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There is, for all of us I think, the delicate and not always achievable nature of linking prayer with action. For some, prayer comes easy but they never act on their times of prayer or direction from God. For others, doing and responding to oppression comes easily, while prayer is a harder activity to engage in. Alex Absalom recently blogged on this tension, and his post is definitely worth a read.
I’ve noticed a similar dilemma with doing things in and for the church.
For some, and I’ve heard the argument before, it is the church’s job to engage in actions of social justice, and they are devoid of personal responsibility. Even worse, it’s often used as an excuse to not be engaged in local mission. The ‘church’ (I think they mean the representation of the building) is to handle the homeless, the need for food, exploitation, or whatever the local issue is and they not only don’t have to do anything, but they get to claim it when the church does do something. People claim responsibility for the successful ministry of ‘their church’ without ever engaging or involving themselves in it.
On the flip side, I’ve also known those who have sworn off the church because of religious traditions, personal preferences, or general disgust with corporate worship. They engage in a solo brand of Christianity but do so without the surrounding love and support of a biblically transformative community.
And I think we get it wrong on both accounts. The church is at her best when she not only invites and creates a place to worship and encounter the resurrected Jesus, but engages and transforms local communities and neighborhoods with the love of the Gospel.
It’s what I find so entertainingly beautiful about the working of the early church. People, despite previous religious, economic, or social backgrounds now found themselves living, working, and worshipping together across all spheres.
Here are three keys to a healthy church that shows where it’s true heart lies.
- Church Finances – It’s a delicate balance on how much money to spend in house (church maintenance) and on mission (outreach, evangelism, and discipleship) but a general rule of thumb is that the more the local church cares about living faithfully on mission, the more these two numbers will be close together. Unhealthy churches spend more on maintenance than on mission, and unhealthy Christians spend more on mission than on community investment.
- Time together outside of worship – How much time does the local body spend together doing non-church related activities? Unhealthy churches spend almost no time together outside of the ‘sanctioned time’ and do little to meet and encourage other believers. Often they claim that they love each other, but they never see each other. Short rule of thumb: a church that can play together can live, thrive, and mission together. [pullquote]The church is at her best when she not only invites and creates a place to worship and encounter the resurrected Jesus, but engages and transforms local communities and neighborhoods with the love of the Gospel.[/pullquote]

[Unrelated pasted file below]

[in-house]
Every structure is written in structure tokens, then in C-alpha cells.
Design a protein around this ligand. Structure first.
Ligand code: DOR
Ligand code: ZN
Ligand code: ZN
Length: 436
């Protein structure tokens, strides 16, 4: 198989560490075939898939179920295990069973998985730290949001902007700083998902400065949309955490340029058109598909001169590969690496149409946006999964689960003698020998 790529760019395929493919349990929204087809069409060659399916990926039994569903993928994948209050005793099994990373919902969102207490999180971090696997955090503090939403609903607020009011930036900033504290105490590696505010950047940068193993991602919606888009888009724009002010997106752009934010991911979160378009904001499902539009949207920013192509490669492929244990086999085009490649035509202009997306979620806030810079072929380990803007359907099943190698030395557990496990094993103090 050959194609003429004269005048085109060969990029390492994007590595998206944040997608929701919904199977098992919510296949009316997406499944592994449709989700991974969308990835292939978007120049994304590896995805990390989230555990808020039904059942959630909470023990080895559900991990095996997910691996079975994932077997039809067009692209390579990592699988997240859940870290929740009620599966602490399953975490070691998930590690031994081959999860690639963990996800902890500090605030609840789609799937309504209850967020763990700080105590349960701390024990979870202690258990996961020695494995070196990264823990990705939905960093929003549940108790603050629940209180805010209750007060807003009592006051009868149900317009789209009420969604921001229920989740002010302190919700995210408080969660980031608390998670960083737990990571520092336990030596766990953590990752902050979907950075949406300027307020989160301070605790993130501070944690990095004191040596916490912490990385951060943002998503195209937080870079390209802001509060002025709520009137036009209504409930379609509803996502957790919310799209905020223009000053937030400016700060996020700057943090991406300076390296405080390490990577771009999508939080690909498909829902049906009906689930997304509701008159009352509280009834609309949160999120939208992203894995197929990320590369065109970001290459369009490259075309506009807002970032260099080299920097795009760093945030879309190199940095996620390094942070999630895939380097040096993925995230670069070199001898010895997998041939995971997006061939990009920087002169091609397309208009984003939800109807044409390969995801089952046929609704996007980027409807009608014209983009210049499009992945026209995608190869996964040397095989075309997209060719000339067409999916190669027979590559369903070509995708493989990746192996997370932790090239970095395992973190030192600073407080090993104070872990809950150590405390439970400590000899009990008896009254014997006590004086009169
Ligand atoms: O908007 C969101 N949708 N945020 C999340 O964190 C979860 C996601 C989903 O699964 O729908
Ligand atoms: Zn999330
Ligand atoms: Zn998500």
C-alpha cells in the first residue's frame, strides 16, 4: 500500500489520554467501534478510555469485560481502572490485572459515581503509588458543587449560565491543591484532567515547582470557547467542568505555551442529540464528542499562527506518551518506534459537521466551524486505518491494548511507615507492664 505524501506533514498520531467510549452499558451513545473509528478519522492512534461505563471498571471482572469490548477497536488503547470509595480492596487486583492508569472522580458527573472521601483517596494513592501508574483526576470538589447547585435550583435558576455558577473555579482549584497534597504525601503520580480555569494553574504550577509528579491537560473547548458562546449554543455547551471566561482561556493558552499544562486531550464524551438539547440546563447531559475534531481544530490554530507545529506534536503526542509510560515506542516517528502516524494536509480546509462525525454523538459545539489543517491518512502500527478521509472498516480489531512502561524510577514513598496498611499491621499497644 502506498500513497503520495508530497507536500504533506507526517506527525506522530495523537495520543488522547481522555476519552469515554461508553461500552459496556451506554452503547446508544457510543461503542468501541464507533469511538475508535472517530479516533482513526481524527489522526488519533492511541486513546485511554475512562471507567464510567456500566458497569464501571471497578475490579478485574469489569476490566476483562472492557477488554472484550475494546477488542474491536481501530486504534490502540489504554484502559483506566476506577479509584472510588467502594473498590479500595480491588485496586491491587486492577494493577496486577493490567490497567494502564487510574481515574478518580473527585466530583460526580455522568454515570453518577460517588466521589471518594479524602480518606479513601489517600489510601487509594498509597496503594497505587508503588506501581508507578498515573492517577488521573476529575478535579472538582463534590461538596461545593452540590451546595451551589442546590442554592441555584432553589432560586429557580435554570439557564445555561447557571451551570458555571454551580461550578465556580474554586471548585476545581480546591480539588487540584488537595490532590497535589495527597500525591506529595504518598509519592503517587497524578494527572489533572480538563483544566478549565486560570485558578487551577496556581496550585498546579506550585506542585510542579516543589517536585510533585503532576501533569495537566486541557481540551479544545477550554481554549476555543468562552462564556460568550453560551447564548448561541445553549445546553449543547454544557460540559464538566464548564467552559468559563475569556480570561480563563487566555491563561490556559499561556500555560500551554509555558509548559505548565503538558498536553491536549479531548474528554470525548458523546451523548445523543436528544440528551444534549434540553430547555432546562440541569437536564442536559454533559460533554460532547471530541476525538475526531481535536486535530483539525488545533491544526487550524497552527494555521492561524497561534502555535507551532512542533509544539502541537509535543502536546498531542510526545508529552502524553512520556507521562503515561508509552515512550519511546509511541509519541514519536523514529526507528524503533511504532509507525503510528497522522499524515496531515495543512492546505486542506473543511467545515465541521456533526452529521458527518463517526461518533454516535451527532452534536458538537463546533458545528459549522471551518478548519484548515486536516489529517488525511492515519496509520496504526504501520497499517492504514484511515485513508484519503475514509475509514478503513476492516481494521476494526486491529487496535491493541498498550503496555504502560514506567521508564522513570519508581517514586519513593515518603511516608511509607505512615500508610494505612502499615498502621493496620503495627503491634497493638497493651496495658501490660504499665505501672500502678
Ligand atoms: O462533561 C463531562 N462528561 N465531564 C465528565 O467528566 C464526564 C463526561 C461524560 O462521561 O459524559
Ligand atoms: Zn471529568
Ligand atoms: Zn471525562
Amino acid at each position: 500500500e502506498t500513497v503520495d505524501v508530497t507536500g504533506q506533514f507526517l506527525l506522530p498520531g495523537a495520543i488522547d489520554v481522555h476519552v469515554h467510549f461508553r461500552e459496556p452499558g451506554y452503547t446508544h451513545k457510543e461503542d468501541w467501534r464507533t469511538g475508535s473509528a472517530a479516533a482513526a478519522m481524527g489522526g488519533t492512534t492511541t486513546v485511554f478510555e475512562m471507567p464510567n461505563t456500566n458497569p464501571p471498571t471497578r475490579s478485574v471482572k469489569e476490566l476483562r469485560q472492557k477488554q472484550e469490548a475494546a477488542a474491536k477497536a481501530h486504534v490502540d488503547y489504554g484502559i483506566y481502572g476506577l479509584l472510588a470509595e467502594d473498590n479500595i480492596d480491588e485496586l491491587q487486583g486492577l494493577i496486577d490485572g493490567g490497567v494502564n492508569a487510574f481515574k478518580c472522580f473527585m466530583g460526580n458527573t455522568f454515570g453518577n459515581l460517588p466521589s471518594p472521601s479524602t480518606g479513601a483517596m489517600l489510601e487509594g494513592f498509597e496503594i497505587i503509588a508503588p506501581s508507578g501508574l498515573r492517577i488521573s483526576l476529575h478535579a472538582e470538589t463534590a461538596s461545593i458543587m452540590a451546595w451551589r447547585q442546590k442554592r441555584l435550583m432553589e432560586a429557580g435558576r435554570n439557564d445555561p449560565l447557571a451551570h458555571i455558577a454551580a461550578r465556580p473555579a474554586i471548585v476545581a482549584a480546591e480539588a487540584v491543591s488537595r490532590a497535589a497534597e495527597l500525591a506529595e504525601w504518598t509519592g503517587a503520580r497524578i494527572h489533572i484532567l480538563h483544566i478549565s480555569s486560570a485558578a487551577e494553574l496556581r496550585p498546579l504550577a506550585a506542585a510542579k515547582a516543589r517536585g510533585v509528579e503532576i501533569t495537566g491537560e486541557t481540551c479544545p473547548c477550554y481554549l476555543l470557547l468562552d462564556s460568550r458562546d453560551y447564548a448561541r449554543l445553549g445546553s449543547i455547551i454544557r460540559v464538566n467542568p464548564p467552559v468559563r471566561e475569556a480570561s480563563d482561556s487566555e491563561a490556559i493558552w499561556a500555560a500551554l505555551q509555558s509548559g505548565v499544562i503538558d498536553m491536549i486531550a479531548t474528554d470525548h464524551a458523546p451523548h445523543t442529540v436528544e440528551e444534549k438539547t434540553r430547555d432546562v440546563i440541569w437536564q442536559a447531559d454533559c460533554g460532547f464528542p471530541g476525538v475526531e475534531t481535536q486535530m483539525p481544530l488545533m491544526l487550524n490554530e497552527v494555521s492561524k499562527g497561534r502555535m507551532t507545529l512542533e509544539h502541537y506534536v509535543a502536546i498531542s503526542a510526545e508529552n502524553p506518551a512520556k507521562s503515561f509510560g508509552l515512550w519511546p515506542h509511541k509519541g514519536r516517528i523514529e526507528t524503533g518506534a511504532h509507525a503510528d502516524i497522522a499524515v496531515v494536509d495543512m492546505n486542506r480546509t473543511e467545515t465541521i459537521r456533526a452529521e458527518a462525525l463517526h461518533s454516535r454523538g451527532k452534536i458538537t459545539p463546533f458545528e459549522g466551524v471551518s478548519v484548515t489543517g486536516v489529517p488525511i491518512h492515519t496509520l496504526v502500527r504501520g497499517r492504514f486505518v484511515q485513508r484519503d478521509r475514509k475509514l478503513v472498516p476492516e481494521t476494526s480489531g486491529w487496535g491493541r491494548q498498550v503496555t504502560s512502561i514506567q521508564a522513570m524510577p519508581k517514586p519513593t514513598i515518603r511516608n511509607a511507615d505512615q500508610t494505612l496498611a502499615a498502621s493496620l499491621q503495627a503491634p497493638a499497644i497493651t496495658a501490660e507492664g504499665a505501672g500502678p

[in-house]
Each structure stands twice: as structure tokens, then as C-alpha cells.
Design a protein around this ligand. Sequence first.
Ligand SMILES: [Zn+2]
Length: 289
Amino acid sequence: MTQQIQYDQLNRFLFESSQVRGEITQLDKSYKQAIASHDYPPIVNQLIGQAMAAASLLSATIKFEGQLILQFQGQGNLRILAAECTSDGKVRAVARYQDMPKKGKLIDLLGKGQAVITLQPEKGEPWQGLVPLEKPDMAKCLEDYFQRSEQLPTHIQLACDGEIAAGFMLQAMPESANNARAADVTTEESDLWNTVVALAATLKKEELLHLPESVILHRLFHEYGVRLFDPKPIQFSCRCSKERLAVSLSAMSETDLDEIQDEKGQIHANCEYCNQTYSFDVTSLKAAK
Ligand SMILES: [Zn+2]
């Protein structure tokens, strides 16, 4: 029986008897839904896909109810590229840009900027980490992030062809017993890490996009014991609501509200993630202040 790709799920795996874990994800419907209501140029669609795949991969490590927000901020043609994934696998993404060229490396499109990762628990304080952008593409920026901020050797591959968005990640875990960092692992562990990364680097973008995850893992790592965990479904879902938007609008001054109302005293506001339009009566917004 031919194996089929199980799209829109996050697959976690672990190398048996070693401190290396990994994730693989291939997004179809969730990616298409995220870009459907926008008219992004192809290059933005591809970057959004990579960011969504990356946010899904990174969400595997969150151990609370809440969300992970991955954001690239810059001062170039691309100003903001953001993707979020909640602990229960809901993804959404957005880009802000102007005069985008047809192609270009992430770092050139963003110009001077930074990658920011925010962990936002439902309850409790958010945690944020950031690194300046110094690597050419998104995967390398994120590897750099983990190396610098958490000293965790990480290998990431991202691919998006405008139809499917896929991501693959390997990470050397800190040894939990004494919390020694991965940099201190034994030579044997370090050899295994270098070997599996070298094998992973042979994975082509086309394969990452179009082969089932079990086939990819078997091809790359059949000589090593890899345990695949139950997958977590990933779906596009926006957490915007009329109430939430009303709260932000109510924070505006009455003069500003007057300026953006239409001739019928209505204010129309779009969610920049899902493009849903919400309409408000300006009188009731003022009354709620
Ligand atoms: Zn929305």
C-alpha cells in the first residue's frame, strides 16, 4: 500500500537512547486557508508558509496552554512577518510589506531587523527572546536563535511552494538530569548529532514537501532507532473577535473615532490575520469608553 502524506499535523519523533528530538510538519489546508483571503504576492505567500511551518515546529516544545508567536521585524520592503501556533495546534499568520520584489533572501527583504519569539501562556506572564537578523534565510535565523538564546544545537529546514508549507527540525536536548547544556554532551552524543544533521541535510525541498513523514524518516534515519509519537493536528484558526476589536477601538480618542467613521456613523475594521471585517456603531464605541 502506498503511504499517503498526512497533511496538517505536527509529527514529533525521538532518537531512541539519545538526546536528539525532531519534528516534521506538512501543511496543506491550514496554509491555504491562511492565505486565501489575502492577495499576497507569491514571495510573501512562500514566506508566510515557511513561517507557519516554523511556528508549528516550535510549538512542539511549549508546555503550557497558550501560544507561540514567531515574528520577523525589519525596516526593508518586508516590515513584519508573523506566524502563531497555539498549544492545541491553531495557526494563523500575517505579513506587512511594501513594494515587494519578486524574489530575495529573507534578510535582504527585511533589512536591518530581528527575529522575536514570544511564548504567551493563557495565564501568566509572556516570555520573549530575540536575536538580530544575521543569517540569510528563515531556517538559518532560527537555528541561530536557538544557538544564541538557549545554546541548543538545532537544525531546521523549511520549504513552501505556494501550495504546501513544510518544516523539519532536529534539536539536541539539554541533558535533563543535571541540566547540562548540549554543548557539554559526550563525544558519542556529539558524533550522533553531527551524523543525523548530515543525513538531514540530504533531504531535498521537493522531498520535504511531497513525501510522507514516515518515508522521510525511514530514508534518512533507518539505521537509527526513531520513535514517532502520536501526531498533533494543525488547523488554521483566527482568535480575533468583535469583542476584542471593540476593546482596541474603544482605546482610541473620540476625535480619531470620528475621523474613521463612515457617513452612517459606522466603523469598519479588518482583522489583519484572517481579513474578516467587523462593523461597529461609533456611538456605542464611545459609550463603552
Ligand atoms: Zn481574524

- Percent of people involved in mission together – Seems obvious right…but how many people are actually involved in mission together? If programs or ministries are staffed by a few faithful people, chances are the church isn’t healthy enough to support whole-life transformation. A greater buy-in from the community shows that they are willing to set aside personal differences and barriers to bring the Gospel to people. Churches that do mission together rarely (if ever) agree on everything, but what they do agree on is that following Jesus faithfully is more important than anything else.
What do you think? How effective is your church in mission? What could the church do to be more faithful to the mission of God?
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I am a Business and Life Coach in both non-profit and for profit settings. I coach leaders, executives, and pastors in areas of vision, clarity, and values. In relationship coaching I focus on healthy and sustainable relationships, and in leadership development roles I catalyze change for individuals and groups to thrive. I also consult churches and organizations on how to train new leaders and create a healthy culture.
In addition to that, I am an Anabaptist pastor in the Denver metro area. I specialize on topics that include: missional theology, discipleship, culture and the church in today’s society.
I am married to my wonderful wife Elise and we have three kids. I grew up and now work in the United States Mennonite Brethren Church (USMB) and love the people and history of the Mennonite Brethren faith.
I am a graduate of Tabor College with a dual degree in Youth Ministry and Christian Leadership, a graduate of Fresno Pacific Biblical Seminary with a Masters of Divinity, and a Doctoral Student and Bethel Seminary.
I also teach college classes in areas of Bible, Communication, and Business.